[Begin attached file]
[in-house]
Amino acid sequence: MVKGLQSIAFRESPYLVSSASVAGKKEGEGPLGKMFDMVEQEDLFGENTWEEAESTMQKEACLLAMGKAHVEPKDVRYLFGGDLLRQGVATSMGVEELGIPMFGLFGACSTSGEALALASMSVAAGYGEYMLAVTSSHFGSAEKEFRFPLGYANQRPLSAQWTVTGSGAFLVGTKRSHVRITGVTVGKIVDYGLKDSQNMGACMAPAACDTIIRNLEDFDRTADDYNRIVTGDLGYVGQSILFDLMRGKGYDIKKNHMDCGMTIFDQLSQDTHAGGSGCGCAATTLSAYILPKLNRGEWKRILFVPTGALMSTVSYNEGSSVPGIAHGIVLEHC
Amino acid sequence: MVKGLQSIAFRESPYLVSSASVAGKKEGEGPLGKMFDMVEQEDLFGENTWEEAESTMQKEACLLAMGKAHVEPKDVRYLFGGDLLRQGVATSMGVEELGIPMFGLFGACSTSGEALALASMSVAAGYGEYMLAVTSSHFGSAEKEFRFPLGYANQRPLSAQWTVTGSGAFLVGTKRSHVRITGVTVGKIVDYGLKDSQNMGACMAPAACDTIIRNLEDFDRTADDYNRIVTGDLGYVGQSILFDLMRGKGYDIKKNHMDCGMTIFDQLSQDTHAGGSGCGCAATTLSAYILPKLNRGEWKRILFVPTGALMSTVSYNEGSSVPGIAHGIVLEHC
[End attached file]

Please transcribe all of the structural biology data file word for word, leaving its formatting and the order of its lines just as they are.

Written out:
[in-house]
Amino acid sequence: MVKGLQSIAFRESPYLVSSASVAGKKEGEGPLGKMFDMVEQEDLFGENTWEEAESTMQKEACLLAMGKAHVEPKDVRYLFGGDLLRQGVATSMGVEELGIPMFGLFGACSTSGEALALASMSVAAGYGEYMLAVTSSHFGSAEKEFRFPLGYANQRPLSAQWTVTGSGAFLVGTKRSHVRITGVTVGKIVDYGLKDSQNMGACMAPAACDTIIRNLEDFDRTADDYNRIVTGDLGYVGQSILFDLMRGKGYDIKKNHMDCGMTIFDQLSQDTHAGGSGCGCAATTLSAYILPKLNRGEWKRILFVPTGALMSTVSYNEGSSVPGIAHGIVLEHC
Amino acid sequence: MVKGLQSIAFRESPYLVSSASVAGKKEGEGPLGKMFDMVEQEDLFGENTWEEAESTMQKEACLLAMGKAHVEPKDVRYLFGGDLLRQGVATSMGVEELGIPMFGLFGACSTSGEALALASMSVAAGYGEYMLAVTSSHFGSAEKEFRFPLGYANQRPLSAQWTVTGSGAFLVGTKRSHVRITGVTVGKIVDYGLKDSQNMGACMAPAACDTIIRNLEDFDRTADDYNRIVTGDLGYVGQSILFDLMRGKGYDIKKNHMDCGMTIFDQLSQDTHAGGSGCGCAATTLSAYILPKLNRGEWKRILFVPTGALMSTVSYNEGSSVPGIAHGIVLEHC